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Saturday, April 15, 2017
Does The ABAA Preserve Book History?
recently attending the Antiquarian Book Fair in New York City in March, I
realized that the show is one of the rare glimpses the public gets of old, rare
or valuable books. Some museums may have
a handful of volumes on display at any given time, but the show allows a
hands-on chance to feel or come within inches of books that are worth a lot of
money. Though the show’s goal is to sell
millions of dollars’ worth of inventory, it also serves an important role in
promoting a piece of our cultural history.
show was sponsored, in part by the Antiquarian Booksellers’ Association of
America, which is headquartered in New York City. The ABAA is a trade association that now
boasts of over 450 members. Founded in
1949, it performs an important function, as its members acquire and sell the
highest quality fine and rare books, maps, documents, autographs, ephemera and
prints at varying price points.
ABAA helps set the market pricing for the treasure trove of books that are
collected. Its members use professional
appraisers to properly assign a value for the wares it sells. It hosts three fairs each year – New York,
Boston, and alternately SF/LA. Several
of its members have published bibliographies, novels, articles, and literature
about rare books and printed matter. It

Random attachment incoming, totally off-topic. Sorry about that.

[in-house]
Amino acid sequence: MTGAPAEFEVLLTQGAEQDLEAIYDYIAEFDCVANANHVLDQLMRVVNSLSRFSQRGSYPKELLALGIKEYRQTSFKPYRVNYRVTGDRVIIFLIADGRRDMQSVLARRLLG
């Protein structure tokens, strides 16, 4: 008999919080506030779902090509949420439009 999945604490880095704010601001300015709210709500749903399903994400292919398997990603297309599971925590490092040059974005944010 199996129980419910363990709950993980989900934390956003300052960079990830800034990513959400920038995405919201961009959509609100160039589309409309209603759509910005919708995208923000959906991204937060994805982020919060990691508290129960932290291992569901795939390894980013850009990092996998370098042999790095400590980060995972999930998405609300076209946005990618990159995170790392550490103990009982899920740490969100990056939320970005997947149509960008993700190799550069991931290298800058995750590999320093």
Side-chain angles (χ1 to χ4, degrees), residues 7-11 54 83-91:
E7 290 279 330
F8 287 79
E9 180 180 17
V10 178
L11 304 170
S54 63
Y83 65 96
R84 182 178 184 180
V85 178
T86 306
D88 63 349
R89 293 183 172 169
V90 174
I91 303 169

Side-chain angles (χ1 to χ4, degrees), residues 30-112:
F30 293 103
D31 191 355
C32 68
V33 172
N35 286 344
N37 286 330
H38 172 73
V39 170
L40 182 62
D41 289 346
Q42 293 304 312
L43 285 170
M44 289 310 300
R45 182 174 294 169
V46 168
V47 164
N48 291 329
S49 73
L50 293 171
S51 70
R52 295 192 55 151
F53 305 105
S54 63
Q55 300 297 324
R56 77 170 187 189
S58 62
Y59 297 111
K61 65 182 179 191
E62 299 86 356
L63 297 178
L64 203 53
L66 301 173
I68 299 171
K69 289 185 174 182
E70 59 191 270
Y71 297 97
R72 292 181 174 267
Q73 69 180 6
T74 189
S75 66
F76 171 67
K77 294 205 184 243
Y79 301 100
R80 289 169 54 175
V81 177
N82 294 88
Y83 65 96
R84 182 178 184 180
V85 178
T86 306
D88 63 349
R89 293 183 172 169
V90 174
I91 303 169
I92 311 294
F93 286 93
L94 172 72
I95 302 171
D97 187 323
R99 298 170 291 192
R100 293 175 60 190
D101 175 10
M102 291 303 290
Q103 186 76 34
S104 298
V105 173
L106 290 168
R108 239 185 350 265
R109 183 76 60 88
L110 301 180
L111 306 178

also offers a digital newsletter available at www.abaa.org.
else can one be so close to some of the rarist, oldest, or most valuable books?
York Public Library
Free Library of Philadelphia Boston Public Library L.A. Public Library
collections at major schools (Princeton, Cornell, Harvard, Yale)
of visiting the above-mentioned places or attending an auction, attending the
Antiquarian Book Fair is a great way to get acquainted with books that are
eight centuries old, first editions of works from iconic authors, and
linguists, publishers, editors, writers, cover designers, printers and
historians are in Heaven when amidst historical, valuable, and important
books, such as the ones displayed and sold at the fair.
love books but don’t really collect them.
To objectify or worship them like gold or a commodity is not my
style. I like to own books that I can
read and touch. It’s in my house because
of its contents, not its collector value.
But I understand that some people collect these treasures and in the
end, they help preserve our beautiful culture and history.
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